Big Pharma Fights Over Patented Mouse

WHITE PLAINS, N.Y. (CN) - Four of the world's largest drug companies violated patent by bankrolling an effort to produce genetically modified mice for medical research, Regeneron Pharmaceuticals claims in Federal Court.
     Regeneron, founded in New York in 1988 by two university professors, has grown to a global biopharmaceutical research firm with 2,500 employees.
     The company develops, manufactures and commercializes medicines for treatment of serious medical conditions, including Neovascular (Wet) Age-Related Macular Degeneration, one of the leading causes of blindness in the world; Cryoprin-Associated Periodic Syndrome (CAPS), a rare and debilitating hereditary condition; and Colorectal Cancer.
     The cornerstone of this work is the antibody, a molecule produced by the immune system which attacks foreign organisms that attack the body, such as viruses and bacteria. As critical as they are, both to medical research and human health, they are also stubbornly difficult to create in the lab.
     "To address these problems, Regeneron scientists launched a scientific research program to design a rodent that could create an extraordinary diversity of human antibodies in a rapid and efficient manner," Regeneron says in the 37-page lawsuit. "This type of rodent is known as a 'genetically modified' animal.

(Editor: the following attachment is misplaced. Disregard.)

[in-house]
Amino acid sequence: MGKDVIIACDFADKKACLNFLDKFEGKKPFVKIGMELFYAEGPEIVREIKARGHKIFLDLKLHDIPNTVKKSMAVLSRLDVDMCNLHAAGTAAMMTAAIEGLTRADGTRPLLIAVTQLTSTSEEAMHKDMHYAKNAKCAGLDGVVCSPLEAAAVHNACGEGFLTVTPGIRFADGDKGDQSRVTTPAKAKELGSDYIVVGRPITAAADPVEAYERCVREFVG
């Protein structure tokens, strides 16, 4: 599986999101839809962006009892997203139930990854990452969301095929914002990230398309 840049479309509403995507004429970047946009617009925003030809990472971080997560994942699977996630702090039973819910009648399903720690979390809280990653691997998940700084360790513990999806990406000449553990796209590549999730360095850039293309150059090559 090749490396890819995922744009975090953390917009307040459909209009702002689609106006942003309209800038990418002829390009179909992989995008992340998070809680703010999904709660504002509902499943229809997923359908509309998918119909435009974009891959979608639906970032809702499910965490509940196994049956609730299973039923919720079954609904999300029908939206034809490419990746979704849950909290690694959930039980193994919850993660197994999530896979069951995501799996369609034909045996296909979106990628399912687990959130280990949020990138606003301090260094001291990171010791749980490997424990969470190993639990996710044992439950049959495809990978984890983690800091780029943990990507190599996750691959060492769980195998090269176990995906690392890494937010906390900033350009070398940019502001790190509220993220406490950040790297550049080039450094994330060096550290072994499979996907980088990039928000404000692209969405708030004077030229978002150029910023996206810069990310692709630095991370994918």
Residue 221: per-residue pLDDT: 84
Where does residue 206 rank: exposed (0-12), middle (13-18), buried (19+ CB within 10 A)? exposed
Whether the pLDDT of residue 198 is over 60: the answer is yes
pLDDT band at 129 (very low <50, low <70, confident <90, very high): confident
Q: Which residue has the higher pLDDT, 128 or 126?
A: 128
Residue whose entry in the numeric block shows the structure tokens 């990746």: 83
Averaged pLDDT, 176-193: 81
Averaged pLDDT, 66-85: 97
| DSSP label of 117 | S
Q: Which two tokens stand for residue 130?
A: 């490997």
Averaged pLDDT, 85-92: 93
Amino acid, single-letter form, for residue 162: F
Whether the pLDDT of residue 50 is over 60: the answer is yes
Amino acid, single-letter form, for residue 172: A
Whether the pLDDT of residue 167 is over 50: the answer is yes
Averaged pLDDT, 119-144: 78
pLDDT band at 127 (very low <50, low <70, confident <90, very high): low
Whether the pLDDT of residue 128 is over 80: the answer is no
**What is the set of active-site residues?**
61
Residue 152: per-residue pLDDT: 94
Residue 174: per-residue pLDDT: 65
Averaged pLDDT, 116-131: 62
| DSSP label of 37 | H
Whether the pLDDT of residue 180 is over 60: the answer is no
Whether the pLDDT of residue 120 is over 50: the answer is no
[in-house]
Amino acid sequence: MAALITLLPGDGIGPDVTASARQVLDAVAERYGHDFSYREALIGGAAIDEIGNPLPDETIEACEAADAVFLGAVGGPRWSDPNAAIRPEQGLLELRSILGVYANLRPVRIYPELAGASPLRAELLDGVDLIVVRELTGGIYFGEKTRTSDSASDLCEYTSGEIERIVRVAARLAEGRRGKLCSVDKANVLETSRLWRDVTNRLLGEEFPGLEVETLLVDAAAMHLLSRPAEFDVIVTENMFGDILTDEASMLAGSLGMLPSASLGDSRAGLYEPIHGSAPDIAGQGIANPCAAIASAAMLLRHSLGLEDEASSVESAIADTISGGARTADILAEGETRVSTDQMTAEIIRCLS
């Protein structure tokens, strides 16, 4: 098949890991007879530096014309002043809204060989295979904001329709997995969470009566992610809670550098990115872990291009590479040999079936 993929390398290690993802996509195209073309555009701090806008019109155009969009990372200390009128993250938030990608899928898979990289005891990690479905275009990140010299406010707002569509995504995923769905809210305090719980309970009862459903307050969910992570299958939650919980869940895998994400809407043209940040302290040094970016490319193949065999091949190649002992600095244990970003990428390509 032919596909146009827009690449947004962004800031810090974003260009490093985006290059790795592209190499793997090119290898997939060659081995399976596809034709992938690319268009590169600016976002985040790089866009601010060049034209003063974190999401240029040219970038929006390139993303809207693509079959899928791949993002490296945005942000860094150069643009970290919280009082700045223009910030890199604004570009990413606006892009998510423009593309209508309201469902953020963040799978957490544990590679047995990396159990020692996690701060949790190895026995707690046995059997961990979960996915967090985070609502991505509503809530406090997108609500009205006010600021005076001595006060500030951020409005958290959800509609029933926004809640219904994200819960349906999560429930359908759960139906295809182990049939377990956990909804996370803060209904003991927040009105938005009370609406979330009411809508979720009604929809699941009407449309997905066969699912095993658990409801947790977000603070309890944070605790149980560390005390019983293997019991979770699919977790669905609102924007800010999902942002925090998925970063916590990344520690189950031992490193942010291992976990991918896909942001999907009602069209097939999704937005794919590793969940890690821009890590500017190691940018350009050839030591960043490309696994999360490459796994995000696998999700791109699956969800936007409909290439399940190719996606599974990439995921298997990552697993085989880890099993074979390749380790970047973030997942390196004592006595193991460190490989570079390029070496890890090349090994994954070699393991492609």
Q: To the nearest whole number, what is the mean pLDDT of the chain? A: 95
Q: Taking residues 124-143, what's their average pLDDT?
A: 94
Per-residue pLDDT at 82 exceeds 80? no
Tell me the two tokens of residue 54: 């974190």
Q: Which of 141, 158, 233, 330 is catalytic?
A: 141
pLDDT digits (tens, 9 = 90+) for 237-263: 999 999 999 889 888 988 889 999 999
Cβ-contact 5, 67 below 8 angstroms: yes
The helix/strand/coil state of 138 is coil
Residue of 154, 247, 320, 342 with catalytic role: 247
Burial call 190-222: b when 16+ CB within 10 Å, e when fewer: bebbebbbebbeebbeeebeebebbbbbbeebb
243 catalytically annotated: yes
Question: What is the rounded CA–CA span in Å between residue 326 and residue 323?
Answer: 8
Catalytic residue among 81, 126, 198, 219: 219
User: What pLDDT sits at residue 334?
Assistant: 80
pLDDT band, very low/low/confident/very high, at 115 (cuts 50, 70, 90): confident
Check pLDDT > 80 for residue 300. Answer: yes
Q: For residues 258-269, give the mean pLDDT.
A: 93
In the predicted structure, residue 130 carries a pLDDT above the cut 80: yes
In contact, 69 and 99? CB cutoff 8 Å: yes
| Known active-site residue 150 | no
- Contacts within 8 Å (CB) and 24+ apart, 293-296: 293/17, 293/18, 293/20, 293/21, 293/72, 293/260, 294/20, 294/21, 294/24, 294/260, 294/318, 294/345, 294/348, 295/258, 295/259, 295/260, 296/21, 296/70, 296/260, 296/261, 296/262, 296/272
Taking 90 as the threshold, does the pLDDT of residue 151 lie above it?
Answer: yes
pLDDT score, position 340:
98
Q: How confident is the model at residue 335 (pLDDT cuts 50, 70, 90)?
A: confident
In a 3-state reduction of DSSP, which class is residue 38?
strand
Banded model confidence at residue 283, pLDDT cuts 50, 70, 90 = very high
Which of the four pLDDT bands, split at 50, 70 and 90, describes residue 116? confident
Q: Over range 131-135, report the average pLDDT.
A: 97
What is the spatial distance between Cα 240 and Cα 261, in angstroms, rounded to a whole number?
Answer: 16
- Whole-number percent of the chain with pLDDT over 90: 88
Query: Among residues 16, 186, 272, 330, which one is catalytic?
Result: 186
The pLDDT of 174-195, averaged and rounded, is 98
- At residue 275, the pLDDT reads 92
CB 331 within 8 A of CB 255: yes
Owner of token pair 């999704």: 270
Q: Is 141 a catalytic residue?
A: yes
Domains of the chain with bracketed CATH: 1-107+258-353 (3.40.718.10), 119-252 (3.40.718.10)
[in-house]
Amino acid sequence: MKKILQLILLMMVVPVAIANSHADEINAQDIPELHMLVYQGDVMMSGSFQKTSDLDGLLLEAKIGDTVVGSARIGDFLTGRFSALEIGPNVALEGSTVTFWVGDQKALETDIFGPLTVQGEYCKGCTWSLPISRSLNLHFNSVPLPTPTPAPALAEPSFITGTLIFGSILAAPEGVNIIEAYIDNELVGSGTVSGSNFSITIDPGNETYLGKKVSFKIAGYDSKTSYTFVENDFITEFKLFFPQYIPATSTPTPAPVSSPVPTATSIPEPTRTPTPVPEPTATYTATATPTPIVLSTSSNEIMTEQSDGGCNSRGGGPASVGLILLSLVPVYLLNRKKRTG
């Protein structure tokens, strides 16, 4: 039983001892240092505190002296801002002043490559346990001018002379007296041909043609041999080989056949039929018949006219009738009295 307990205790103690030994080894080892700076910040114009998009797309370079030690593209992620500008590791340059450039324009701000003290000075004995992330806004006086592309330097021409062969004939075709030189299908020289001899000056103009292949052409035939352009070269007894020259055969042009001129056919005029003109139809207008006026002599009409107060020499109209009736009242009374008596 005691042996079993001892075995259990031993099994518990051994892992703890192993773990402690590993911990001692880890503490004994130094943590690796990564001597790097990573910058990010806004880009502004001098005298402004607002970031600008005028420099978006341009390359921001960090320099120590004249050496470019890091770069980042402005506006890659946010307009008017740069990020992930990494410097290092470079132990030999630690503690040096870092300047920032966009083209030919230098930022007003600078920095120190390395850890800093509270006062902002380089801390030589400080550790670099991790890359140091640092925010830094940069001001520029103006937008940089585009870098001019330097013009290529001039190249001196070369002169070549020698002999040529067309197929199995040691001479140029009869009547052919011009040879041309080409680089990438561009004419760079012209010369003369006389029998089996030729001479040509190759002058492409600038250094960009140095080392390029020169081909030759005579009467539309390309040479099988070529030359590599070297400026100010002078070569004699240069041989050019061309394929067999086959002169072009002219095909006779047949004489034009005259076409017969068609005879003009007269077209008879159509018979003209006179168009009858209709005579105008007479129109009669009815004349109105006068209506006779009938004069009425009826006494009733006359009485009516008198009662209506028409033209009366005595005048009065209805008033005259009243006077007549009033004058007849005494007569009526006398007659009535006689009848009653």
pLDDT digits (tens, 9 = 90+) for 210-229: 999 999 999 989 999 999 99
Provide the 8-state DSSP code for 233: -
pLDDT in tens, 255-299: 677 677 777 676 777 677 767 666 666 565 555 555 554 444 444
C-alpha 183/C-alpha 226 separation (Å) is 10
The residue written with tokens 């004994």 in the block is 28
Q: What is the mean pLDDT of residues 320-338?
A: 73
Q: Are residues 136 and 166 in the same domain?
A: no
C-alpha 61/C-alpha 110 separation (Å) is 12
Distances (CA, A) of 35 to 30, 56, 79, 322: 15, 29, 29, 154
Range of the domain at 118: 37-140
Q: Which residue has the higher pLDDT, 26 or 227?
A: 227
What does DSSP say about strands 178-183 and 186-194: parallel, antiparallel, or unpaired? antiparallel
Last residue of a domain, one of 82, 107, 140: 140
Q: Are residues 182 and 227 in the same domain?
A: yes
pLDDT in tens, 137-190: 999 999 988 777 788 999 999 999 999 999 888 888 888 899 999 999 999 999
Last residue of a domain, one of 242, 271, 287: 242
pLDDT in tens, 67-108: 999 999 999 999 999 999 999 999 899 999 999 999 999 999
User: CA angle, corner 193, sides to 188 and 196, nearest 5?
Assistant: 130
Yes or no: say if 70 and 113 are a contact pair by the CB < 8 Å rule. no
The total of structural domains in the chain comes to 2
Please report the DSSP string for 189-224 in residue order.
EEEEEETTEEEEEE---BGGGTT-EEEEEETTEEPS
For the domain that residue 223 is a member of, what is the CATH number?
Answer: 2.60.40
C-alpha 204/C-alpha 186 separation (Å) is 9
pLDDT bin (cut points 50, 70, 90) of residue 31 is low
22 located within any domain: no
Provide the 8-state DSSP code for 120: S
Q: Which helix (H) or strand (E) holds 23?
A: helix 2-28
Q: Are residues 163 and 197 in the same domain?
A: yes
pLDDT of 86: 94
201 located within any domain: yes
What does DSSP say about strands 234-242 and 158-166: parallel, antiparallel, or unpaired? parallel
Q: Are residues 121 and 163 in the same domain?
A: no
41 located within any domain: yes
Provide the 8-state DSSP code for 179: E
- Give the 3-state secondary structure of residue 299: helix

"Earlier generations of genetically modified animals used to produce antibodies suffered from serious health and functionality issues. Regeneron's work led to the creation of the VelocImmune mouse. The VelocImmune mouse makes part-human and part-mouse antibodies, which allows the VelocImmune mouse to mount a healthy, functional and diverse immune response to produce antibodies that can be used in making human therapeutics. This work led to the grant of an important family of patents throughout the world.
     "Following on the demonstrated success of the VelocImmune technology, the biopharmaceutical community recognized the power of Regeneron's inventions to create new genetically modified mice useful in making antibody therapeutics."
     Regeneron claims that in response to this realization, "A group of venture capitalists, in concert with four of the largest pharmaceutical companies in the world (Pfizer and three other companies who have concealed their involvement), funded Ablexis - an entity whose sole apparent purpose is to create and use a genetically modified mouse that copies Regeneron's intellectual property."
     Ablexis LLC is the only defendant.
     Regeneron claims that Ablexis made no secret of its piggybacking on Regeneron's research. In fact, its CEO Larry L. Green published articles acknowledging the importance of Regeneron's work.
     "Unfortunately, Ablexis's appreciation of the novelty and importance of Regeneron's work did not extend to respecting Regeneron's intellectual property," the complaint states. "When Regeneron put Ablexis on notice of the patent family that includes the '018 patent, Ablexis claimed that it did not use Regeneron's technology to make Ablexis's mice. Regeneron is informed and believes, and on this basis alleges, that Ablexis's representation was false. Ablexis's business is built on a willful infringement on Regeneron's intellectual property."
     Regeneron seeks an injunction and treble damages for patent infringement.
     It is represented by Marshall Camp, with Irell & Manella, of Los Angeles.